Though they began to fall off the blistering pace set by front-runners Roma, Napoli and Juventus, it remained a highly promising opening few months of the campaign, the highlight of which was undoubtedly a famous 4-2 home win over hated rivals the Old Lady. With 25 minutes of the match remaining, the Viola appeared to be down and out after goals by Carlos Tevez and Paul Pogba had put Juve in a commanding and, if you have a persuasion for purple, all too familiar position.
However, in the space of 15 scarcely believable minutes, the Tuscans scored four times as Antonio Conte’s champions imploded before the Artemio Franchi’s eyes. Striker Giuseppe Rossi, who had started the season in sensational form, scored a hat-trick as Fiorentina turned a two goal deficit into a two goal victory. It provoked scenes of wild jubilation at the full-time whistle as well as dreams of a sustained title challenge. “This team is built to win,” Rossi commented after the shock triumph. “We can challenge anyone.”
Challenging they certainly were, and on multiple fronts too. Five wins out of six Europa League group matches ensured that the club’s continental adventure would be extended into the new year, while the Juve result provided the catalyst for a run of seven wins in 10 League games heading into the winter break. At the turn of the year, the Viola found themselves fourth and just three points off that coveted final Champions League place.
However, that was about as good as the situation got for Montella’s side. They were dealt a devastating blow at the start of 2014 as Rossi, the scorer of 14 goals in the opening half of the campaign, succumbed to the curse of the knee injury and did not return until the closing weeks of the season. The team’s form remained good for the time being as they set up a mouth-watering Europa League Last 16 tie with Juve and booked a Coppa Italia final date with Napoli.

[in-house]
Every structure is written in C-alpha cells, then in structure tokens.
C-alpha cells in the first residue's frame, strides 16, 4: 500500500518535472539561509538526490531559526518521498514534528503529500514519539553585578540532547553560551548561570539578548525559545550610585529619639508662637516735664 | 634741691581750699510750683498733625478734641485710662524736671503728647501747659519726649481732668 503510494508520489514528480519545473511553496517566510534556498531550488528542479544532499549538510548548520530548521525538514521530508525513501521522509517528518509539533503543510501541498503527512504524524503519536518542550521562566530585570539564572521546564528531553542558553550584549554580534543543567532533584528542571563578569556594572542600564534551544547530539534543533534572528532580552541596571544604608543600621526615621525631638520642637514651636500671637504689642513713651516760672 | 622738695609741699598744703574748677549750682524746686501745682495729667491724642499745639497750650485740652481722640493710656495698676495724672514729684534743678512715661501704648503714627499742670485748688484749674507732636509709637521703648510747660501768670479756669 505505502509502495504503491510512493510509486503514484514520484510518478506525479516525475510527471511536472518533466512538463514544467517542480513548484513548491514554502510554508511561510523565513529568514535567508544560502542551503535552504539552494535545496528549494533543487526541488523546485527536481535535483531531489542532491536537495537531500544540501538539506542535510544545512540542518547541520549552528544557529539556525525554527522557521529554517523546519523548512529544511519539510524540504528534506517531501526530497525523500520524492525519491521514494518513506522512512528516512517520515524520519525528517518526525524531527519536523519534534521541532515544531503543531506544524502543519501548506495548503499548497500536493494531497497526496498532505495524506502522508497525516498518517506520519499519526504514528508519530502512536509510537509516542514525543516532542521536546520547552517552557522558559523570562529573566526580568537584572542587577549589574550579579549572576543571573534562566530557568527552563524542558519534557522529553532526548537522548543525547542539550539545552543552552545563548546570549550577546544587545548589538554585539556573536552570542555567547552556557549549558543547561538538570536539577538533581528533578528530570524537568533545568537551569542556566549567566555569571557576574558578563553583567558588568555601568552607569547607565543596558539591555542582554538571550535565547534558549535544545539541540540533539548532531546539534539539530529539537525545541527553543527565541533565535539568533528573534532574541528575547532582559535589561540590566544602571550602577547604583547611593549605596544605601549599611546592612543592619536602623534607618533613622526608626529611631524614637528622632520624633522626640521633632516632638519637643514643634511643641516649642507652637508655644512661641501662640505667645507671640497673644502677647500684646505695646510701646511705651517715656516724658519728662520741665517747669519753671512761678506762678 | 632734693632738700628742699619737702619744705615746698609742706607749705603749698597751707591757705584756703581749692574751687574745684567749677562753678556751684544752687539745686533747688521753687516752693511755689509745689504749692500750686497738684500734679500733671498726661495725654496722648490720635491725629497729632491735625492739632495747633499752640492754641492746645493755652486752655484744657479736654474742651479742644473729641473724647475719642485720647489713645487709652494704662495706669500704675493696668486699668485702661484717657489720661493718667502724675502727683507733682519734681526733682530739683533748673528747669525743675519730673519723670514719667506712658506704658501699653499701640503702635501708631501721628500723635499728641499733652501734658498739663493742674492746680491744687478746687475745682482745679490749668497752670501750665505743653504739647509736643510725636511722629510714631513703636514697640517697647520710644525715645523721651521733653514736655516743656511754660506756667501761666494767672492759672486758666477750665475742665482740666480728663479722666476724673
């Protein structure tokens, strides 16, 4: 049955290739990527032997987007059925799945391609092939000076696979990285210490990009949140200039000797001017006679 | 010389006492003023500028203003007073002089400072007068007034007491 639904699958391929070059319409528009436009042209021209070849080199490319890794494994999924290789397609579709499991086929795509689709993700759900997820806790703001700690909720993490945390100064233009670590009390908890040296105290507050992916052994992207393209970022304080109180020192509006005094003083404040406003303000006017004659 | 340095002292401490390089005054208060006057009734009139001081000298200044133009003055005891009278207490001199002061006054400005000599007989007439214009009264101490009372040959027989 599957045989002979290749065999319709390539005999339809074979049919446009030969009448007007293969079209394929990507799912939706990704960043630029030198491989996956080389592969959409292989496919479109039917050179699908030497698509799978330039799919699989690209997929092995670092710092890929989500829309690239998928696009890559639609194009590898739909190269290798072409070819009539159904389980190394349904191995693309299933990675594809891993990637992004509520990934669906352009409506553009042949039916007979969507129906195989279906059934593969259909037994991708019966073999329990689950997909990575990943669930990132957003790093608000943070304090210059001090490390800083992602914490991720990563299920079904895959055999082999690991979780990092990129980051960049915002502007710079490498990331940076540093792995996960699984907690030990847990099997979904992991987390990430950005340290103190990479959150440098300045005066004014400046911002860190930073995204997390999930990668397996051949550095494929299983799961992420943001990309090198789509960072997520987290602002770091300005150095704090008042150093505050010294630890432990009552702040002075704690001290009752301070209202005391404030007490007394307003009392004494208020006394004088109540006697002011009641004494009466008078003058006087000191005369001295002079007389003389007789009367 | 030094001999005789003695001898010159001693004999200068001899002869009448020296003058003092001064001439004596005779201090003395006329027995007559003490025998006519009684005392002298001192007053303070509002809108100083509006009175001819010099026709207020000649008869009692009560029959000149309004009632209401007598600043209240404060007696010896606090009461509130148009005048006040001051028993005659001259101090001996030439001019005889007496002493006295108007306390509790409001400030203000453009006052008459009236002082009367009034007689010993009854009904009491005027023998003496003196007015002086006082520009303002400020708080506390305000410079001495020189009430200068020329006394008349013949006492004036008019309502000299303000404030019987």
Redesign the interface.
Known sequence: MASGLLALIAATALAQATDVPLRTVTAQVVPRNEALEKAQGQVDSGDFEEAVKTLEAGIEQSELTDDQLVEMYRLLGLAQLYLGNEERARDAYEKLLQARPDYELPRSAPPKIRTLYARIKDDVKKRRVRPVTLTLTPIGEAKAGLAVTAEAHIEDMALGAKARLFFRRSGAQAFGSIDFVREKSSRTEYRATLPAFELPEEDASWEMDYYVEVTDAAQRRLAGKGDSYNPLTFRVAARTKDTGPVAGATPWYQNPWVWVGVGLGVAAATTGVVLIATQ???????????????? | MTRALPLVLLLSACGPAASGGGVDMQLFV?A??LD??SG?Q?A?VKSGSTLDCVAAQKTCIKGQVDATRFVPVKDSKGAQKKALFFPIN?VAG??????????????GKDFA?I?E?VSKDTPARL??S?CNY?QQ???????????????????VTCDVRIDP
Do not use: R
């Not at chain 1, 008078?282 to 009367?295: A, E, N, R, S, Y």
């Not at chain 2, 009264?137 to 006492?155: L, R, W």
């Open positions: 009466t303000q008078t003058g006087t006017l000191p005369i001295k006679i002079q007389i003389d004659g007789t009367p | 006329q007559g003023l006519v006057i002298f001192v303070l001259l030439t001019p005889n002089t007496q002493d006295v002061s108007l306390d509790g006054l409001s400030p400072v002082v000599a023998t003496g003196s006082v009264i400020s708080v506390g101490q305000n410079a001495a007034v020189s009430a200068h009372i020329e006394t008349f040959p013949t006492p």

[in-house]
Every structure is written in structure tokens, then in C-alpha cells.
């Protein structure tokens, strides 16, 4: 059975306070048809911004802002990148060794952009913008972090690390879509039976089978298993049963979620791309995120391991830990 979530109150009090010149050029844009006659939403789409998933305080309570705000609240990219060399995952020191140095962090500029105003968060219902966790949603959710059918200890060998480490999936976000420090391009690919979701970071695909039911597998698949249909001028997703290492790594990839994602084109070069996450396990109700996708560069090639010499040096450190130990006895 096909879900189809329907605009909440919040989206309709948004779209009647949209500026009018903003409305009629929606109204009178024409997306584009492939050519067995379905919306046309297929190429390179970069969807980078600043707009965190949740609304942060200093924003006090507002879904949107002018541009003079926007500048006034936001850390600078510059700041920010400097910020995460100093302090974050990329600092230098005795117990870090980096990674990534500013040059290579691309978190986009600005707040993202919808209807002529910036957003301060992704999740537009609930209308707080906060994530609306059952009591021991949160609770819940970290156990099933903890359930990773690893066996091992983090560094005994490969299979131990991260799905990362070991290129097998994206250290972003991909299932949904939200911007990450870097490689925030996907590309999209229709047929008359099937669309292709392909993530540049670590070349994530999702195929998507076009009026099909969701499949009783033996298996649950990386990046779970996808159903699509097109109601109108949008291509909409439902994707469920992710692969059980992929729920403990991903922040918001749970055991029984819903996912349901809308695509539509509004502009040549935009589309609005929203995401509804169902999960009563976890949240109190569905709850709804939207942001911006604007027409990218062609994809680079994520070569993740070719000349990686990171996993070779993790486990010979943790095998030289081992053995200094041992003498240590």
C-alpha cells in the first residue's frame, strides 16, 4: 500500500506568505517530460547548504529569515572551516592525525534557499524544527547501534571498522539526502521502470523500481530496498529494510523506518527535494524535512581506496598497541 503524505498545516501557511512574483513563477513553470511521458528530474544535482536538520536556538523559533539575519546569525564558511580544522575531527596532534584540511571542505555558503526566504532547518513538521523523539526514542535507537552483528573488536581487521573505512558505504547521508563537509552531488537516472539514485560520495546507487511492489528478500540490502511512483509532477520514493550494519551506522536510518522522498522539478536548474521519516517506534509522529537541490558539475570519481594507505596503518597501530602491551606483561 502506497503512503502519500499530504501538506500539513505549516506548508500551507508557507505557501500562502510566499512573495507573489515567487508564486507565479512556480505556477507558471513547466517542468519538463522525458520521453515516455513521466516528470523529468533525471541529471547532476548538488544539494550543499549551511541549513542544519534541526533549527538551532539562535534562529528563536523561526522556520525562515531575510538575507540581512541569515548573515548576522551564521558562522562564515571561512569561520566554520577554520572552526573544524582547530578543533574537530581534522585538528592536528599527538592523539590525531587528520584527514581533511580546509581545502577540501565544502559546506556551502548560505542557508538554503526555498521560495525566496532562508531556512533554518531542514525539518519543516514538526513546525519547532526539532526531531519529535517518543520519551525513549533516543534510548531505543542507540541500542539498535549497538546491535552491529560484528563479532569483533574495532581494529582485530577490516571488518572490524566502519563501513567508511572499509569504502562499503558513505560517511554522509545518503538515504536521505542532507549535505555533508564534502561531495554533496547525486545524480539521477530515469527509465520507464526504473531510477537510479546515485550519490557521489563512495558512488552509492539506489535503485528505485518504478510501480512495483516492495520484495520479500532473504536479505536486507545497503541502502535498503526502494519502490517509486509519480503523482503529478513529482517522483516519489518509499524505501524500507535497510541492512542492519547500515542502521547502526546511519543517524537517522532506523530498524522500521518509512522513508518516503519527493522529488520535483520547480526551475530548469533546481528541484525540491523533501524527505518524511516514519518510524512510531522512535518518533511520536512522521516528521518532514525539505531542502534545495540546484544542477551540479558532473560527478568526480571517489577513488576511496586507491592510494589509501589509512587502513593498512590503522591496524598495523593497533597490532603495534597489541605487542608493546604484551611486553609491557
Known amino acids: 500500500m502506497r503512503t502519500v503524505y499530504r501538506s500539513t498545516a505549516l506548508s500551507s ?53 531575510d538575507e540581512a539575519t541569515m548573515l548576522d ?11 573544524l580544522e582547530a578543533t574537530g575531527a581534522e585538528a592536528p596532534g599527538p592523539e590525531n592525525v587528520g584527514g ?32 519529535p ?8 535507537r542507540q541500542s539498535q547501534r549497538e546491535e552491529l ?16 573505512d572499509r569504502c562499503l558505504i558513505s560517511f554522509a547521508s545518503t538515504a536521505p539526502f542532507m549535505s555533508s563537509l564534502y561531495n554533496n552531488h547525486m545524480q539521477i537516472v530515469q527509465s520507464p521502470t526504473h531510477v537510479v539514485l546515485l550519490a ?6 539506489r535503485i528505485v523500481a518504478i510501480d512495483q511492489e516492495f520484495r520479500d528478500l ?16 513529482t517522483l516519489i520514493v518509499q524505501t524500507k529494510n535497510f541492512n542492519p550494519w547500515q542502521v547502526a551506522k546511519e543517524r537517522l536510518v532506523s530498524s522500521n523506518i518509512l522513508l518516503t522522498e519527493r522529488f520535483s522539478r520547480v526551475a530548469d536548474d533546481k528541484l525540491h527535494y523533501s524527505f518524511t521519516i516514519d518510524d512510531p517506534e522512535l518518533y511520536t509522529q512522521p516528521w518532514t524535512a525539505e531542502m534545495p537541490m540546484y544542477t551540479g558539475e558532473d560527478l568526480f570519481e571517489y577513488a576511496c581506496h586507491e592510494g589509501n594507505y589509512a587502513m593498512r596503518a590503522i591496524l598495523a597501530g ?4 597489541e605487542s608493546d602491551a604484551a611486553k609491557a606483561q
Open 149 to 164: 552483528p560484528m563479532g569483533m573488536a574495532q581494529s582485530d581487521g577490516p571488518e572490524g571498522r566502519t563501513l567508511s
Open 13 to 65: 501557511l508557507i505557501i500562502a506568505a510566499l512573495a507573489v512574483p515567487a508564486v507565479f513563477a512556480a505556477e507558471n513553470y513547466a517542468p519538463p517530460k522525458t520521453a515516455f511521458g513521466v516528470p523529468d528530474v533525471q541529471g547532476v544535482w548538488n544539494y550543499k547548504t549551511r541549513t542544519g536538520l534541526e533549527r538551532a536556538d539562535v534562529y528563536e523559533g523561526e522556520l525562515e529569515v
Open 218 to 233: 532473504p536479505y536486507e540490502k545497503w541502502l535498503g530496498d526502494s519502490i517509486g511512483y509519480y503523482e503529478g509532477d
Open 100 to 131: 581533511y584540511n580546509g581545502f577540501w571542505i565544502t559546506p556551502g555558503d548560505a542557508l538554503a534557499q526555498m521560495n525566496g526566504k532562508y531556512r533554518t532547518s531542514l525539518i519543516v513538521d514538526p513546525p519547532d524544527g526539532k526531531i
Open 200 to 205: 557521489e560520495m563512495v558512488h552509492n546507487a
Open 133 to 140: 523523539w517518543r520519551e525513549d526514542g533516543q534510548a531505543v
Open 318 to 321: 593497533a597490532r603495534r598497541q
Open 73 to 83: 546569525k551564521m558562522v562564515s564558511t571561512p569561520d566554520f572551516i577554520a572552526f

However, sometime around mid-February the constraints of a comparatively small squad to their rivals finally told on Fiorentina. A 2-1 home defeat to Inter, in which Mauro Icardi scored a controversial winner, was the start of a four match winless run in Serie A that put them well adrift in the race for third. The Old Lady gained revenge for their League defeat by knocking the Viola out of Europe, while poor form and an injury crisis were compounded by the club engaging themselves in a full-on media row with match officials over a number of high profile decisions going against them. The low point of the saga was the Tuscans having two men sent-off against Parma, with influential midfielder Borja Valero subsequently given a three match ban for ‘laying a hand’ on the referee.